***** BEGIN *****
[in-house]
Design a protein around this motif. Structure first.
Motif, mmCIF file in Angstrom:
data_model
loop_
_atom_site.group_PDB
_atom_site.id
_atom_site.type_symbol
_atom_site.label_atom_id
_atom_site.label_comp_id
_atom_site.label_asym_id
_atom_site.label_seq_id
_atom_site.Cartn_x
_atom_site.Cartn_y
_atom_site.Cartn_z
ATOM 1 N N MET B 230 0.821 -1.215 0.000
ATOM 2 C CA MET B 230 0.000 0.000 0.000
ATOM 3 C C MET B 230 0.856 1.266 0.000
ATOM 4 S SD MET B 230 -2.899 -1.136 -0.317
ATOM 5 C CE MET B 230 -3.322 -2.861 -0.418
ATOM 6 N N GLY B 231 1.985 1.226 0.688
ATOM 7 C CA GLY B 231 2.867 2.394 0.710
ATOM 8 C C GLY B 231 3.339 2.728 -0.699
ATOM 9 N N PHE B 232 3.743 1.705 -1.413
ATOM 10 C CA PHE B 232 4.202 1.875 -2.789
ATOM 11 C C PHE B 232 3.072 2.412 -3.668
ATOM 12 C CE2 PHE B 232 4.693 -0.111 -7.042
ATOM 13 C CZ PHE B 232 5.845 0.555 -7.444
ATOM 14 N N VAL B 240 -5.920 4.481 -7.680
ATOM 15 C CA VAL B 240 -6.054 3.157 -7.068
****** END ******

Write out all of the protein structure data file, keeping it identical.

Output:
[in-house]
Design a protein around this motif. Structure first.
Motif, mmCIF file in Angstrom:
data_model
loop_
_atom_site.group_PDB
_atom_site.id
_atom_site.type_symbol
_atom_site.label_atom_id
_atom_site.label_comp_id
_atom_site.label_asym_id
_atom_site.label_seq_id
_atom_site.Cartn_x
_atom_site.Cartn_y
_atom_site.Cartn_z
ATOM 1 N N MET B 230 0.821 -1.215 0.000
ATOM 2 C CA MET B 230 0.000 0.000 0.000
ATOM 3 C C MET B 230 0.856 1.266 0.000
ATOM 4 S SD MET B 230 -2.899 -1.136 -0.317
ATOM 5 C CE MET B 230 -3.322 -2.861 -0.418
ATOM 6 N N GLY B 231 1.985 1.226 0.688
ATOM 7 C CA GLY B 231 2.867 2.394 0.710
ATOM 8 C C GLY B 231 3.339 2.728 -0.699
ATOM 9 N N PHE B 232 3.743 1.705 -1.413
ATOM 10 C CA PHE B 232 4.202 1.875 -2.789
ATOM 11 C C PHE B 232 3.072 2.412 -3.668
ATOM 12 C CE2 PHE B 232 4.693 -0.111 -7.042
ATOM 13 C CZ PHE B 232 5.845 0.555 -7.444
ATOM 14 N N VAL B 240 -5.920 4.481 -7.680
ATOM 15 C CA VAL B 240 -6.054 3.157 -7.068